A new post, can you believe it?! Many apologies for my sloth, friends. I have a few reviews collected but I haven’t been posting them in a timely fashion at all. I’ve been busy working on other sites, but it’s no excuse!
My latest idea was to test a few of the recipes out on the web that are very popular and see how they compare to my own. I started with a recipe on the Food Network by Giada De Laurentiis. Check it out and you’ll see all the specs that I usually post here. Since the recipe doesn’t specify, I employed my own best practices and used organic lemons and 100-proof vodka.
I’m testing a few things here. One is just what Giada’s recipe tastes like versus my own. A second is peeling versus zesting. She recommends peeling and I usually zest. A third is the infusion time, she recommends 4 days and I usually do a minimum of 30 days.
Without further ado, here are the results. The peeling was a painful process. I’m meticulous about not getting any pith and you have to be serious samurai to peel lemons quickly without getting any pith. It took me a long time. There are people who claim peeling is the ONLY way to make limoncello because it produces a product with more flavor and clarity. I’ll concede the clarity point. Zesting produces a much cloudier limoncello. If you peel you’ll get a nice clear limoncello right away. It’s also easier to filter. However, I don’t think it positively impacts the lemon flavor you get and if you let zested limoncello rest long enough, it becomes clear eventually.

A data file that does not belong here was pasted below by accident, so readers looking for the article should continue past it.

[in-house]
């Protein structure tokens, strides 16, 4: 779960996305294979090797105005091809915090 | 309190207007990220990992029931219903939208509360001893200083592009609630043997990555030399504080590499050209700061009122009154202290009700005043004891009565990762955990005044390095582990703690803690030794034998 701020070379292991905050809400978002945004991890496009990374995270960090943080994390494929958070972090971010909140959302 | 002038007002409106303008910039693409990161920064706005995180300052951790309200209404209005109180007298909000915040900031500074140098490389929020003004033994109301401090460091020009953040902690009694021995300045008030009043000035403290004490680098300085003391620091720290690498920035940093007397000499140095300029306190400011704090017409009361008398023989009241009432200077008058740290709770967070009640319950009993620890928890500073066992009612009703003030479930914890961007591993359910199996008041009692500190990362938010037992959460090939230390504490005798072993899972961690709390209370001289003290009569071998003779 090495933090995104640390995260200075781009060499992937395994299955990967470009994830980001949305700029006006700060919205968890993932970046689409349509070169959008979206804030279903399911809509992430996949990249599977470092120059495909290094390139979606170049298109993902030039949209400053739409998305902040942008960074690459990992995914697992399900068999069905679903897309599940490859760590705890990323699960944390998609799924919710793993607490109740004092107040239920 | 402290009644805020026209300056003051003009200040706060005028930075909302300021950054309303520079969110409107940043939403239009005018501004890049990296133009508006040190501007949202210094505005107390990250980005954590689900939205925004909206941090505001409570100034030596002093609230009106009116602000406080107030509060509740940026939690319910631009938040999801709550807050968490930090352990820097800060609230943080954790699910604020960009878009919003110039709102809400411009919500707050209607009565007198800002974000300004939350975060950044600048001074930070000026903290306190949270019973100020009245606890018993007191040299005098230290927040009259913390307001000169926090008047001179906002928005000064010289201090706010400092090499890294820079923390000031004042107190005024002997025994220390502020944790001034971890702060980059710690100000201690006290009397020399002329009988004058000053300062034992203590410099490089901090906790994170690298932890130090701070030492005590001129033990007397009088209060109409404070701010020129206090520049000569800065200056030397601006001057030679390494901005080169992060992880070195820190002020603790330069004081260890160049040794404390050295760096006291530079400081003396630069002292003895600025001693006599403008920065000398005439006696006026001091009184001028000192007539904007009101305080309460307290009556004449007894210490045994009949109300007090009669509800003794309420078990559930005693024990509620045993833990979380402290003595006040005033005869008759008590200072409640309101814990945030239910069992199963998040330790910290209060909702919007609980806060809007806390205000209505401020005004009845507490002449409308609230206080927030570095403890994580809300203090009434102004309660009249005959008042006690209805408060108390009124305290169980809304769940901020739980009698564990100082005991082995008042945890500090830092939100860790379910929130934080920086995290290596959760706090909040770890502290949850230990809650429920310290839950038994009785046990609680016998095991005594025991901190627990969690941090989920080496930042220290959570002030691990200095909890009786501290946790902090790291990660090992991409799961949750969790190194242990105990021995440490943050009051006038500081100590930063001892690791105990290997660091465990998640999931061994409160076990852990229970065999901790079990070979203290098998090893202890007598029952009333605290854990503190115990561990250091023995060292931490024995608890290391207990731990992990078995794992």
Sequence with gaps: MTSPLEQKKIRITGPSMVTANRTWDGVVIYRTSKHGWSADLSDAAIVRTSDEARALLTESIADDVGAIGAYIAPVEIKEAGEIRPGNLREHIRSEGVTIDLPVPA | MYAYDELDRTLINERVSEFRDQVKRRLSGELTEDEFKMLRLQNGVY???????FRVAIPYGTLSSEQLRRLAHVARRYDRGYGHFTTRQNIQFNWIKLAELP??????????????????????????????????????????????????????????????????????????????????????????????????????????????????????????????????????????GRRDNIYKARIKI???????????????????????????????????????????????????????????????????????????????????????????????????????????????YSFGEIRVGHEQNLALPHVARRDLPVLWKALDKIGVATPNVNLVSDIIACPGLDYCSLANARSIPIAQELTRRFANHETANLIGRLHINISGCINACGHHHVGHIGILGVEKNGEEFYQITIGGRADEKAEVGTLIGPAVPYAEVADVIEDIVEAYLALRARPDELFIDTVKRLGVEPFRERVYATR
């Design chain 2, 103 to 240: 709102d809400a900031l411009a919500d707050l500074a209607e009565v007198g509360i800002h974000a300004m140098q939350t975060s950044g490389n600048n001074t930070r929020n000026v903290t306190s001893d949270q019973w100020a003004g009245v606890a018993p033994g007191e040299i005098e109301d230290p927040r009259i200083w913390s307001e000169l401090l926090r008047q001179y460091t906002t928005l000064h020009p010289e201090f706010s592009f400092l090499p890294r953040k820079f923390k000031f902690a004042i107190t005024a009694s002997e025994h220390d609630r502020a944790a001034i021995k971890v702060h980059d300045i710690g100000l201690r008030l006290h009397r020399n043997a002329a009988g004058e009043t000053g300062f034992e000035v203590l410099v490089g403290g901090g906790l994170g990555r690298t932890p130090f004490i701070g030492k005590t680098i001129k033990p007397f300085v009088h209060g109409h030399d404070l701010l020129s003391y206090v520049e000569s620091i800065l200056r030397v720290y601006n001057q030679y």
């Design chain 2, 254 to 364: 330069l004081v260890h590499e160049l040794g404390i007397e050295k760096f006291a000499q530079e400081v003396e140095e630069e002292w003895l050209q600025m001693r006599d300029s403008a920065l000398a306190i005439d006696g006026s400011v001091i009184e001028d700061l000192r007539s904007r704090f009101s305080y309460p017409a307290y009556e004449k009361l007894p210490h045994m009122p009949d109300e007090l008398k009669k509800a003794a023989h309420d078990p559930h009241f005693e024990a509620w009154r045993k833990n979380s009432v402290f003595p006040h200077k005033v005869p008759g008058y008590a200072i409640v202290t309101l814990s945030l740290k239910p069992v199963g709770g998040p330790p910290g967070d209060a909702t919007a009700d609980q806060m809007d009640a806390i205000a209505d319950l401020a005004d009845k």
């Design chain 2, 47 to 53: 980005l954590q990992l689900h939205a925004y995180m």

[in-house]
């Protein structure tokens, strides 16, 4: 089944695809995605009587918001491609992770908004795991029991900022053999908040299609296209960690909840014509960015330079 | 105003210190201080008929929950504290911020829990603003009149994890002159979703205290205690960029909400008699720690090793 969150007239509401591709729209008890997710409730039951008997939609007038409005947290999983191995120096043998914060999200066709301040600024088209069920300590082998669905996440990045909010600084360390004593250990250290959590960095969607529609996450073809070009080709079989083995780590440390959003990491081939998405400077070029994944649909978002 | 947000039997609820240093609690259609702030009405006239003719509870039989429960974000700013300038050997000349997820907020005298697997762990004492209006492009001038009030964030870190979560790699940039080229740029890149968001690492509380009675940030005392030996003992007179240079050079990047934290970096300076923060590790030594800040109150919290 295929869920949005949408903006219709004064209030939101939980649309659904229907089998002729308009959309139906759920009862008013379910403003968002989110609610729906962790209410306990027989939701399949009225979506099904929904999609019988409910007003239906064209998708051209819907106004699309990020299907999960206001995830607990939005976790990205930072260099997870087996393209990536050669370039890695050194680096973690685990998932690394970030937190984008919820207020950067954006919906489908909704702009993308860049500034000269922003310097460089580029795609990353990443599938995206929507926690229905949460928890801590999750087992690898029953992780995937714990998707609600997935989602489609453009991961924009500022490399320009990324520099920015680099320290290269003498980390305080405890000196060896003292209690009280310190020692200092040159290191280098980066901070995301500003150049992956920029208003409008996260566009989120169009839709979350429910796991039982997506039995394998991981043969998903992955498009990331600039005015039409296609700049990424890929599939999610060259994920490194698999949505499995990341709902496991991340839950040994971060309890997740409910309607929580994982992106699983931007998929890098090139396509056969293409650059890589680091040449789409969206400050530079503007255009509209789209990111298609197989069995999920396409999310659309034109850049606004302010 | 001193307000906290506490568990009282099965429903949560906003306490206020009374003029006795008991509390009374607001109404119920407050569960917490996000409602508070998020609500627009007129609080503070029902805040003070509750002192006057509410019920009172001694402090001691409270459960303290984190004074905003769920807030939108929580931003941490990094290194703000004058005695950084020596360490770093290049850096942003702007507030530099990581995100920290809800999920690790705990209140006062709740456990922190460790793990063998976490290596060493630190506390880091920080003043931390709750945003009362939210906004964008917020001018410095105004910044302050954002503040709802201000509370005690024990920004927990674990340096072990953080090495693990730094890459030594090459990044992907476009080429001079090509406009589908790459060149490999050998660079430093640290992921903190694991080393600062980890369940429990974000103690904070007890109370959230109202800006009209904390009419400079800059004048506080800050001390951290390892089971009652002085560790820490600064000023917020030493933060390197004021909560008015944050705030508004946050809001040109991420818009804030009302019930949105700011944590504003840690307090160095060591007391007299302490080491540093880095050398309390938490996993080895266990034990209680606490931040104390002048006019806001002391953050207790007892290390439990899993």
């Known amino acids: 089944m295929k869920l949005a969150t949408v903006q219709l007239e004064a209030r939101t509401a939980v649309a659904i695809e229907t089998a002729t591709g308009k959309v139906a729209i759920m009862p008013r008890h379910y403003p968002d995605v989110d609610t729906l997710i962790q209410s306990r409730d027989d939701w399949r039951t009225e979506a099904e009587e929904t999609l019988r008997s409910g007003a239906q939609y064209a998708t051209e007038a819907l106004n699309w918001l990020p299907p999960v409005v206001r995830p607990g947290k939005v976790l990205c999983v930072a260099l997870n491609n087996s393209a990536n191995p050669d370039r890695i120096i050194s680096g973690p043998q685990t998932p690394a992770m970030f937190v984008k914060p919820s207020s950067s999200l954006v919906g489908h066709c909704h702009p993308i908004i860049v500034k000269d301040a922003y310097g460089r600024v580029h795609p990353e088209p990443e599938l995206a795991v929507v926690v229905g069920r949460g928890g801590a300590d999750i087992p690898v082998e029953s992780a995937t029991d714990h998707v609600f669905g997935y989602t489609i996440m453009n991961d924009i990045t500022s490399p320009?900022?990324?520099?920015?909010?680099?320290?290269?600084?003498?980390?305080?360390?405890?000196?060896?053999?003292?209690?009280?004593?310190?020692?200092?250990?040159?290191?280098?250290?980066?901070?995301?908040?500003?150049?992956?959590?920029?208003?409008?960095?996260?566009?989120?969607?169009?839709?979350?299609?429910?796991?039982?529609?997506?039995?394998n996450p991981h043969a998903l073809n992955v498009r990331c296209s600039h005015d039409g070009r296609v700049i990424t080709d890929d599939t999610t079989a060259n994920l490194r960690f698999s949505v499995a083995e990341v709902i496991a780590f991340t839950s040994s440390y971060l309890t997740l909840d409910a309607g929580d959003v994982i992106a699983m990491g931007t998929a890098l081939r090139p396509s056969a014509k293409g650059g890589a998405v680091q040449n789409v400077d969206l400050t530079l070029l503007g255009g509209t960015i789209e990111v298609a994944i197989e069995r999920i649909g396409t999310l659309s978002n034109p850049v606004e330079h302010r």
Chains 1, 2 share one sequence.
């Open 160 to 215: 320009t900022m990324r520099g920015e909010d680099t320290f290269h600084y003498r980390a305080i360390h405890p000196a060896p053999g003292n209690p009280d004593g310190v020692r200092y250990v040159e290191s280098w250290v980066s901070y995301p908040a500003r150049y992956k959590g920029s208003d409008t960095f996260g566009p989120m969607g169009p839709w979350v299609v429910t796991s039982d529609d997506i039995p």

The finished limoncello had a nice medium yellow color, but the aroma was weak and it was hard to detect the lemon scent. The flavor was also pretty weak, it tasted like a lemon drop but had a character more akin to simple syrup than limoncello. It was extremely smooth with no real alcohol heat. I would describe this as limoncello for those who don’t really like alcohol. It had a very sweet, easy-to-like flavor so I understand why the recipe is popular (nothing to do with Giada I’m sure…). I prefer a stronger lemon character and a stronger liquor in general. Those are certainly preferences though.
In all, this is a good recipe for someone wanting to give limoncello as a gift. You can make it quickly vs. my recipe and it produces a clear, attractive limoncello that most people who don’t usually drink limoncello may like. It’s not a batch that I would personally be proud of but it’s definitely interesting that you can make a semi-decent limoncello in 4 days.